I wonder why this new version of the course has replaced support vector machines by trees. Is there any specific reason for that?
I am not very sure if there is any specific reason behind that or not. Let me mention Eddy here. He is a part of the course development team, and hence, he might be more suited than me to answer this question.
Hey @eddy, can you please check this query out, and let us know if there is some specific reason or not, and if there is, please let us know about that as well. Thanks in advance.
I dont know the exact reason either that something like that would be done but what I can say is that SVM’s are most used as feature engineering techniques rather than ML inference, but trees are used a lot in ML models especially for tabular data they tend to have very good performance.
As this is an introductory course, trees are more popular now than SVM was when the original ML course was created (about 10 years ago).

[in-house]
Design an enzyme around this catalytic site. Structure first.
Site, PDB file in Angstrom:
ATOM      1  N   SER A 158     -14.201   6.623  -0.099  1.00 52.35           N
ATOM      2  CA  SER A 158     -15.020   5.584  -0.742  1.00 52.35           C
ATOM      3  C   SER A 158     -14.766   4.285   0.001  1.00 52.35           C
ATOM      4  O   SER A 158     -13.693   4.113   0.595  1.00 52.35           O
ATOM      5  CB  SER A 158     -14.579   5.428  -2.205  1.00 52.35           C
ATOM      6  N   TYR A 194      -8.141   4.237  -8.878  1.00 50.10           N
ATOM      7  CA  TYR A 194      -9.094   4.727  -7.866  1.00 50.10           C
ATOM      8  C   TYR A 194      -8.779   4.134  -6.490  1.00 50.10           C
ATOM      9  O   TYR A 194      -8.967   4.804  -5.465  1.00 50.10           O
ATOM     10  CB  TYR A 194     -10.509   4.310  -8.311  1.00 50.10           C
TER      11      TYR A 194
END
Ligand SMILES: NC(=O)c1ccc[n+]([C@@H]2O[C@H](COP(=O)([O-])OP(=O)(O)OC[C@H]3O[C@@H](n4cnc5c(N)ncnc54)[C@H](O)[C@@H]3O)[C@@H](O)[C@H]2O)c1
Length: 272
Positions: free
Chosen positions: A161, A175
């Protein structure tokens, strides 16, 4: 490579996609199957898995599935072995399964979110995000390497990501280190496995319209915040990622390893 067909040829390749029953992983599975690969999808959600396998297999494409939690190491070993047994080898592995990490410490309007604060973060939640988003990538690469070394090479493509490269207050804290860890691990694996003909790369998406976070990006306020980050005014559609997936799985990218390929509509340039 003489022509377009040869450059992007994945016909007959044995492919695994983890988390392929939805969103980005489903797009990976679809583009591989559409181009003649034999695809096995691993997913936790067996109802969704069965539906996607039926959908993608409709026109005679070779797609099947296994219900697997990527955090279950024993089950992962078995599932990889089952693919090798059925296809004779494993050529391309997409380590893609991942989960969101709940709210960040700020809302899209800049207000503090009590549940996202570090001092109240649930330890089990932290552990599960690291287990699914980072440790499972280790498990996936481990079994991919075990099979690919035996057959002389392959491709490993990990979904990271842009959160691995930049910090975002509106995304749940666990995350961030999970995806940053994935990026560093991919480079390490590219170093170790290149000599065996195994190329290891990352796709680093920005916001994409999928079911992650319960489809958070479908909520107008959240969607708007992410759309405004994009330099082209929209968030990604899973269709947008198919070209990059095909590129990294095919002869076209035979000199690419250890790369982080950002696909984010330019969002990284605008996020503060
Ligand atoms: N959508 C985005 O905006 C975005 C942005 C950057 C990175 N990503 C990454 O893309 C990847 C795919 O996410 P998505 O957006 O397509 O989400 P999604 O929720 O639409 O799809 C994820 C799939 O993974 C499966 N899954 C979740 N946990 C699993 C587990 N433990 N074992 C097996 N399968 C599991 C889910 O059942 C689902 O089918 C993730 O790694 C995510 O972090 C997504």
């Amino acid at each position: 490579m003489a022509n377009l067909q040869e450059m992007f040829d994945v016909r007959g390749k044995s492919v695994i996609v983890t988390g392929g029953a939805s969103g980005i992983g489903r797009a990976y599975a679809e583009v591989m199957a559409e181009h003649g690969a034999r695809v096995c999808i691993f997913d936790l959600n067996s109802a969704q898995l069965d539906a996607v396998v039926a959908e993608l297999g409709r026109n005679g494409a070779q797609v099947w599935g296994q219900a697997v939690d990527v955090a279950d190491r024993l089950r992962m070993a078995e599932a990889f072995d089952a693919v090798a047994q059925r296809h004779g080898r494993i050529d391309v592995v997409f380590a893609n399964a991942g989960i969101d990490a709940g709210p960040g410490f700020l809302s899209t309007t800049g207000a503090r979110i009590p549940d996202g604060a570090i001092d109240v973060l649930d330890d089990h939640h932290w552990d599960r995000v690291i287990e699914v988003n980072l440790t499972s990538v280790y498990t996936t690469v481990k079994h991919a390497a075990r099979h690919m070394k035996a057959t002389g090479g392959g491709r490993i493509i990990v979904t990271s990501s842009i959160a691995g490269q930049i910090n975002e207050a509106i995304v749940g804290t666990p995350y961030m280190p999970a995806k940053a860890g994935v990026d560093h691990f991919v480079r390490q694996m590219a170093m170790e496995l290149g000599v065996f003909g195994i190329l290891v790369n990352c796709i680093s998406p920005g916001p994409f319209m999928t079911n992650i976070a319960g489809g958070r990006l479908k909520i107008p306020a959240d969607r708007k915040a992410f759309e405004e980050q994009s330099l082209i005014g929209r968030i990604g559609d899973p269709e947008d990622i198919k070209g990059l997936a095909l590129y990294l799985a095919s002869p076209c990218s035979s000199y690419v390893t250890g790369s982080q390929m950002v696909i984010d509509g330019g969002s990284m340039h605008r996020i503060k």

Yes TMosh, I know,. But I see people still using SVM for a variety of applications. So I guess what I wanted to know is what was the rationale to think that decision trees are better.
As Tom pointed it out very well, Decision Trees are kinda more popular than SVMs as of now. However, this doesn’t mean that SVMs aren’t used any more. As you pointed it out, SVMs are still used for a variety of applications.
It’s kind of a trade-off between “what all content can be included” and “what all content will allow the course to be beginner-friendly”. As you might be very well aware, this specialization is designed for people who don’t have the faintest idea about ML, to step into the world of ML. And in my opinion, decision trees are a little bit more intuitive to comprehend as compared to SVMs, for any newbie, and that’s why inclusion of decision trees over SVMs looks like a well-thought choice to me. What do you think
To add some more points to TMosh, gent.spah and Elemento views, kindly check the post of MLS staff
Thanks a lot for including the link to this post. I wasn’t aware of this post yet.